House Rules

For the second Faerluria campaign. (D&D 3.5)

[Rules in blue are proposed rules that have not been officially approved for our game. Items in red are new or newly edited, and thusly highlighted for your convenience.]


The campaign starts with all PCs at character level 1.
We have players who are new to the game. Creating and running high-level characters would be unnecessarily complicated.
Increase starting money by 50 gp.
Starting money is listed on table 7-1, page 111 of the Player's Handbook.
Characters will start with a choice of fairly high Ability scores.
Choose your six Ability scores from any one line in this list, and assign them to your Abilities in any order you wish: These sets of Ability score rolls are ordered with the highest average at the top. This does not mean that the top set is the best. For example, if you have a "dump stat," an Ability that you don't care about, you may want the second set, which has the highest average of the top five rolls. And the bottom set, though it has the lowest average, is the only one that gets you a +3 Ability bonus in three different Abilities.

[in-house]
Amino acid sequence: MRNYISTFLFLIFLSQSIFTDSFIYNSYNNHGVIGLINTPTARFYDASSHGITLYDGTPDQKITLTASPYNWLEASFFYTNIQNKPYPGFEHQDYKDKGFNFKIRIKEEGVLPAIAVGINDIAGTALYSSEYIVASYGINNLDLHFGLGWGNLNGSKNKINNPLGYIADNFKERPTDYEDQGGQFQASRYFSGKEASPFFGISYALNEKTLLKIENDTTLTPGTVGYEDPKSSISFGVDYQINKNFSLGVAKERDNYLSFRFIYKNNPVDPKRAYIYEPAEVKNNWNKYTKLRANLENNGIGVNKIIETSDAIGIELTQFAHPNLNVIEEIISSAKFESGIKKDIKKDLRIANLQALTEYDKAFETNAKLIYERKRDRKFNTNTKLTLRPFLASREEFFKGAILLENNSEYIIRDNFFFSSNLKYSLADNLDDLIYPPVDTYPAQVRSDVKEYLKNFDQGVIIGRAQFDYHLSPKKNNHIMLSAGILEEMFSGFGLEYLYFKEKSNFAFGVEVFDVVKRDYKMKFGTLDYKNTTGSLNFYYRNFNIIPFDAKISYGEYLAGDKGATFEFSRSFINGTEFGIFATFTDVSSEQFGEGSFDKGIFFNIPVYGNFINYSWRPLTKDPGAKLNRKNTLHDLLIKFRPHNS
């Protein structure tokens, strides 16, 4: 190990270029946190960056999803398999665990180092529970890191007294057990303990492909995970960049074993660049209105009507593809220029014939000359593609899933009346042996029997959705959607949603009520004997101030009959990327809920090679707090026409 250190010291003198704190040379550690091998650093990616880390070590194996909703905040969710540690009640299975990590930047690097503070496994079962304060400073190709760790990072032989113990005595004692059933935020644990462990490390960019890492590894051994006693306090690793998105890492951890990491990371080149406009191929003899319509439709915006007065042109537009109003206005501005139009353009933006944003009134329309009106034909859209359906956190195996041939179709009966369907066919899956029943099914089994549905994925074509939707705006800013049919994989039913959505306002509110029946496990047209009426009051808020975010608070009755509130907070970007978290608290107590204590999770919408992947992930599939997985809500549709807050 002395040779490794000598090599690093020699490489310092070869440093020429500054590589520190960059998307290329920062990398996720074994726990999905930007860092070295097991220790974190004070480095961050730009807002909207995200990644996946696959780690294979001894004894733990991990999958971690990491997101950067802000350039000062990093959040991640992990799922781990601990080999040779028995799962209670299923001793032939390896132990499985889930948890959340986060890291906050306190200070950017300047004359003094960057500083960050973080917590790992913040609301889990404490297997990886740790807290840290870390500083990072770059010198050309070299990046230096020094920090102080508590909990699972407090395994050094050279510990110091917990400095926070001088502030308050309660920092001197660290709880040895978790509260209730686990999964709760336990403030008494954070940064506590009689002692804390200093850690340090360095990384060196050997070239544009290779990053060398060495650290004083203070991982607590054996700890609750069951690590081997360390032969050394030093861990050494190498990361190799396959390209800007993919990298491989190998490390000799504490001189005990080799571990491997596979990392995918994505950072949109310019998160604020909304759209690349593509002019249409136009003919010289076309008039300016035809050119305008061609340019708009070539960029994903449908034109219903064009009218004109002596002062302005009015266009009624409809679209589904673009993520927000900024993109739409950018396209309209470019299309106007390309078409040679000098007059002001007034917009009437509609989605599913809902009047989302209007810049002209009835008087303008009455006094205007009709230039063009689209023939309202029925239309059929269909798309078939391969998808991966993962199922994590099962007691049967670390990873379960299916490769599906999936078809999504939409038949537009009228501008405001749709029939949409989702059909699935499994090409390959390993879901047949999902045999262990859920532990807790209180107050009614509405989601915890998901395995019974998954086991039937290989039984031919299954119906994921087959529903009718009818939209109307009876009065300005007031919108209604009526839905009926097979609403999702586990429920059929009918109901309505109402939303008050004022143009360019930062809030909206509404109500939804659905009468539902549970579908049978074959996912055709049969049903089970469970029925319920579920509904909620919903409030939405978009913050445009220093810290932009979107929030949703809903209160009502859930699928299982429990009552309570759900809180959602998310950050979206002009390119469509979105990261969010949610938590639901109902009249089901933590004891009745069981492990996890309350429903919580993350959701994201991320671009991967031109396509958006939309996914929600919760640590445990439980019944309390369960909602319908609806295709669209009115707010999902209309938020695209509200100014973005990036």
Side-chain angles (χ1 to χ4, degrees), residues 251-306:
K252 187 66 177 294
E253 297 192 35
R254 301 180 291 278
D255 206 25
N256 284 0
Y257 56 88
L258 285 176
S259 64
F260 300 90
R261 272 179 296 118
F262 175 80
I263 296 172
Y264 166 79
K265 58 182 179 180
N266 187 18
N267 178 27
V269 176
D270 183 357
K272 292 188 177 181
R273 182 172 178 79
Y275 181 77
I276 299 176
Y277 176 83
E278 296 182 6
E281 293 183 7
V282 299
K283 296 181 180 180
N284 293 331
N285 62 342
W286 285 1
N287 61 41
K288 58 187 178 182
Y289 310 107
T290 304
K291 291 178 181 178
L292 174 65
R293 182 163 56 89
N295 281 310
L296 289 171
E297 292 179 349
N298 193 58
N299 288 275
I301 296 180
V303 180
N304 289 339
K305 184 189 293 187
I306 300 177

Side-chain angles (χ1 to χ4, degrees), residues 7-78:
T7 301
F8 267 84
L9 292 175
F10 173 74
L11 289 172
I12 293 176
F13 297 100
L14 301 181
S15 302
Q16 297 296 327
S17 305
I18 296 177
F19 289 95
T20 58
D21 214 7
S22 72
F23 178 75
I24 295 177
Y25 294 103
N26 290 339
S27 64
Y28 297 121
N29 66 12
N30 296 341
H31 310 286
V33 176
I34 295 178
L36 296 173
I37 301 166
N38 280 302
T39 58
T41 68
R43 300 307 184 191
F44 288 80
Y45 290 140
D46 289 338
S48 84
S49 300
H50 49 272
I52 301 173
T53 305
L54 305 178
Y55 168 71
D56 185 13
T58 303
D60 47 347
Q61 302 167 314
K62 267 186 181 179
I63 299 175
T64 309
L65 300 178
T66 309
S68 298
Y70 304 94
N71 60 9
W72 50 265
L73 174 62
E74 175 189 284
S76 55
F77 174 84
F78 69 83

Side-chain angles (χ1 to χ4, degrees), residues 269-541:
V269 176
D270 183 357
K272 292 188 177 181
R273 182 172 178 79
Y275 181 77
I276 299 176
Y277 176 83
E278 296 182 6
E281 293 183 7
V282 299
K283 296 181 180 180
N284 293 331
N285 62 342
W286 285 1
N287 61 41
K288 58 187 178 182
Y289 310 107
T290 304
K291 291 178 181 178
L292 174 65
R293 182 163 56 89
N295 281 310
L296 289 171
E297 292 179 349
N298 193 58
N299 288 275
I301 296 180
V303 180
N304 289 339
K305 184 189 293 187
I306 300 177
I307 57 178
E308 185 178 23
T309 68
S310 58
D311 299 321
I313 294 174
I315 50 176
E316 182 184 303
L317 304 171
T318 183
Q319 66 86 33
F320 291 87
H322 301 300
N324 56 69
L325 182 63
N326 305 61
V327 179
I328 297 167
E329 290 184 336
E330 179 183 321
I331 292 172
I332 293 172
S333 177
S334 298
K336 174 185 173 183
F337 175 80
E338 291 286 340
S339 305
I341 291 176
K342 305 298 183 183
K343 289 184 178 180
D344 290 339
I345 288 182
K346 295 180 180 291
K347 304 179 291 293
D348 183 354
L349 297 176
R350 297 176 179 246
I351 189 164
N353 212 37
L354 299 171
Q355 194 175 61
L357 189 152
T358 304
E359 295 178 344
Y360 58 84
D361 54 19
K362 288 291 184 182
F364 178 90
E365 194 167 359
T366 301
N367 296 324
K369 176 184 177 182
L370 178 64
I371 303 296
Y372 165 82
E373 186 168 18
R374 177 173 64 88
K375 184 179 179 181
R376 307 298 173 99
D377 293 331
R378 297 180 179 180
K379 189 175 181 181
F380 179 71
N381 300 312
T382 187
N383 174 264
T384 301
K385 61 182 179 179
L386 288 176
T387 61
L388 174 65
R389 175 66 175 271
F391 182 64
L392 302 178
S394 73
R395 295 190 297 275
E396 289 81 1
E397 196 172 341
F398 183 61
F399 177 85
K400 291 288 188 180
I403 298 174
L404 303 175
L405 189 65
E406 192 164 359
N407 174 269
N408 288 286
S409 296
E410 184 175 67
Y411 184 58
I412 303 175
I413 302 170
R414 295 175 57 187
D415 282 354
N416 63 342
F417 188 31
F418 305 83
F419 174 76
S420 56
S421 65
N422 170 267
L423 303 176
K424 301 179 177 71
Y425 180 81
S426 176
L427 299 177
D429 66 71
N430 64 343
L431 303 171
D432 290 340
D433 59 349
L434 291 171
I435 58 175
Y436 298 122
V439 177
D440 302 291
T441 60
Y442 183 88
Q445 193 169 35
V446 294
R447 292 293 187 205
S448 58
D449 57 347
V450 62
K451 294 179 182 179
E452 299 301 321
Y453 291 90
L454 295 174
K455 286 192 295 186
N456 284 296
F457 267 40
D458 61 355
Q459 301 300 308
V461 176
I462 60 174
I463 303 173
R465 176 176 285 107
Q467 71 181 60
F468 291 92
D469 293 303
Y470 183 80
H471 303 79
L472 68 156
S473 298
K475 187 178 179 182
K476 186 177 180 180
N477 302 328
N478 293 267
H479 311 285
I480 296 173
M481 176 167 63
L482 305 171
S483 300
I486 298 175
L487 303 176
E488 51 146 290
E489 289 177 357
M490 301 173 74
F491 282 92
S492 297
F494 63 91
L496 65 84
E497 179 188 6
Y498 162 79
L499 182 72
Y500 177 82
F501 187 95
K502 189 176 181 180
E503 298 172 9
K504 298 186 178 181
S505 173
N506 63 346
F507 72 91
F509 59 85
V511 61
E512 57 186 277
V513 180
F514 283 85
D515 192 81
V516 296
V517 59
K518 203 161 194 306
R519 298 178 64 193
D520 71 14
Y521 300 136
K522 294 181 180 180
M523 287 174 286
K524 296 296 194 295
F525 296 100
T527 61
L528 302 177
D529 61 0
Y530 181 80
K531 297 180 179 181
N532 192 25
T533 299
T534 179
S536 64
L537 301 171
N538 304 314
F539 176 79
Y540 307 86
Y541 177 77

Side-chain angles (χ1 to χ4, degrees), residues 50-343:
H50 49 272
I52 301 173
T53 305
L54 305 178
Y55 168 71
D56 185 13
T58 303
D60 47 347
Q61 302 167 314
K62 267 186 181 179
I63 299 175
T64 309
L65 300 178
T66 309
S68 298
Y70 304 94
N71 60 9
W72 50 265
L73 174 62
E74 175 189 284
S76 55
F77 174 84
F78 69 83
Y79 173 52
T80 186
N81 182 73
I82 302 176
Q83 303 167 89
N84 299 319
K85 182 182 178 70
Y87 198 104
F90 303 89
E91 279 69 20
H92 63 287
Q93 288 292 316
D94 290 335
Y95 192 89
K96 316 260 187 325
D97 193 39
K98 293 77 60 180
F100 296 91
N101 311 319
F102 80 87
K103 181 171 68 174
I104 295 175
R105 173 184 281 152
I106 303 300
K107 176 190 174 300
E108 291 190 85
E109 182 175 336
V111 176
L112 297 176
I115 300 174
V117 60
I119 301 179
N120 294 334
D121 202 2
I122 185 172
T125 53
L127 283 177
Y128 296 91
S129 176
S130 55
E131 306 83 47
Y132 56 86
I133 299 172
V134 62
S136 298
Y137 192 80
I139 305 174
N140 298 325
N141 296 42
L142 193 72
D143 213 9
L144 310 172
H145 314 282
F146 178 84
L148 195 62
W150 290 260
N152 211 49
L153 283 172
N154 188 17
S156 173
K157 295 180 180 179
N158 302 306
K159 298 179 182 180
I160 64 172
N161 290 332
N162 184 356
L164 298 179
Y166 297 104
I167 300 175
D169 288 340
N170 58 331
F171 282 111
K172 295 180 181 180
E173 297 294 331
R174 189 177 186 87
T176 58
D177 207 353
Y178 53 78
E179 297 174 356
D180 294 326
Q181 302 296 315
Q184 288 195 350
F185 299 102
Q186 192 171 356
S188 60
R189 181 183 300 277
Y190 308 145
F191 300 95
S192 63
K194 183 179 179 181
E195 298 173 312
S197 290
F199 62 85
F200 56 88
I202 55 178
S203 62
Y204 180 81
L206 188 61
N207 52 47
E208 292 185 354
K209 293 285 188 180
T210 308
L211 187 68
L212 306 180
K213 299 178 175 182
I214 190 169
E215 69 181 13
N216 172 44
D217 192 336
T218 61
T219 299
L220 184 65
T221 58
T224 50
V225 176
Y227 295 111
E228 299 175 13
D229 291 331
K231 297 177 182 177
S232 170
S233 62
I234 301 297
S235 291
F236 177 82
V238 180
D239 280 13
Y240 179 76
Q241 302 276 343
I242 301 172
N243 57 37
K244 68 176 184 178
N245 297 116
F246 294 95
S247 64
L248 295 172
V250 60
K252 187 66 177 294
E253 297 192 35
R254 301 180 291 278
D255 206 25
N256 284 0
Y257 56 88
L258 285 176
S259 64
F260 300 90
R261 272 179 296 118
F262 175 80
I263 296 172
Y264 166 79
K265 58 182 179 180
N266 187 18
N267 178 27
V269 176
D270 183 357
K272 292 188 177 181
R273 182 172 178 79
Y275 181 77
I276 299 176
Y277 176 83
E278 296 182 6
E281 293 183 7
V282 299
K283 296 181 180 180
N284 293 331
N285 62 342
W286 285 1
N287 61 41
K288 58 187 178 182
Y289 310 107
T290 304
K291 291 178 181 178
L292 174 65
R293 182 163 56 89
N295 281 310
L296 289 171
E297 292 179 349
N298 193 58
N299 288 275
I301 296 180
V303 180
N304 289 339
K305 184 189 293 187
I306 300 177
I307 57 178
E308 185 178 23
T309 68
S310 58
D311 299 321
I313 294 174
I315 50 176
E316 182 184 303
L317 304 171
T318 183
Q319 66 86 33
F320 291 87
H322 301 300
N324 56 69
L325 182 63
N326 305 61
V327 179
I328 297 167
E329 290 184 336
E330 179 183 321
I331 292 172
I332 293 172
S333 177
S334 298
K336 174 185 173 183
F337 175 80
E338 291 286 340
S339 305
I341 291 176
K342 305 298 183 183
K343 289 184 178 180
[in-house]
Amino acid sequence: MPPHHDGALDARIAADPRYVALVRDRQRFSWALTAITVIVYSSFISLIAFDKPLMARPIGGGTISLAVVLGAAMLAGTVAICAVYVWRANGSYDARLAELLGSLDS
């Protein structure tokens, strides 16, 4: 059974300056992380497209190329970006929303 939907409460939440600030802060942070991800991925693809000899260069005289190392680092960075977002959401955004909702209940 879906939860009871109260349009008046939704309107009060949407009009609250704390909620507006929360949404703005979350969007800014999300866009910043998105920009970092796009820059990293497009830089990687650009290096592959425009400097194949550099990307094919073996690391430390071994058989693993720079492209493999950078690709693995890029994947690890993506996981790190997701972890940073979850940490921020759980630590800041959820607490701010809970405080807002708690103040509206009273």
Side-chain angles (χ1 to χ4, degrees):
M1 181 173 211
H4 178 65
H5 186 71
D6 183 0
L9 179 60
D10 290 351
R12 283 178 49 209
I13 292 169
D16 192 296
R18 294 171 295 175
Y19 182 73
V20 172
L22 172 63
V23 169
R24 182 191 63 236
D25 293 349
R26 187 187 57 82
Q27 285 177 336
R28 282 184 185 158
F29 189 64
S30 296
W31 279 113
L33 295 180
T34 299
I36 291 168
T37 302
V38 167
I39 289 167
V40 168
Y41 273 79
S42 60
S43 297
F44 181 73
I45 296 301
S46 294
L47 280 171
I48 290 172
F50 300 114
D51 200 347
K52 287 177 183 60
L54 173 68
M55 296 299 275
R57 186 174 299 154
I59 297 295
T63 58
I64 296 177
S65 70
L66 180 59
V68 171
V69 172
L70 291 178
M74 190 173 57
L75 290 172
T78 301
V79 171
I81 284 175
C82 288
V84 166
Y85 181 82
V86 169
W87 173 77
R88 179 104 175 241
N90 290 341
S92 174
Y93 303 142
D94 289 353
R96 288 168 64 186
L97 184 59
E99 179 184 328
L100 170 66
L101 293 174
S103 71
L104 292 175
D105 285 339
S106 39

You may also start with an 18 in one ability. To do so, pick one of the above lines of scores. Change the first score to 18. Subtract 1 from the second score. Then subtract one from any score except for the sixth.

These are your Ability scores before applying racial bonuses and penalties, so you'll want to weigh the effects of those, as well.

You may select any race from the Player's Handbook. You may select other races if they have no level adjustment. If you really want to play a race with a level adjustment, speak with Joe to work out a way to do it fairly. (The previous game included a pixie, who started as a child without its full powers.)
No XP rewards. Everybody will level at certain times.
Calculating XP was a time consuming headache in the last campaign, and it worked out to everybody leveling up about once every two sessions, anyway. This time, each PC will gain one level per two sessions, until everyone is fairly familiar with the game mechanics. We might then start to level once per session, if the group feels it appropriate. (Note that this means that favored classes and XP penalties for multiclassing are out the window.)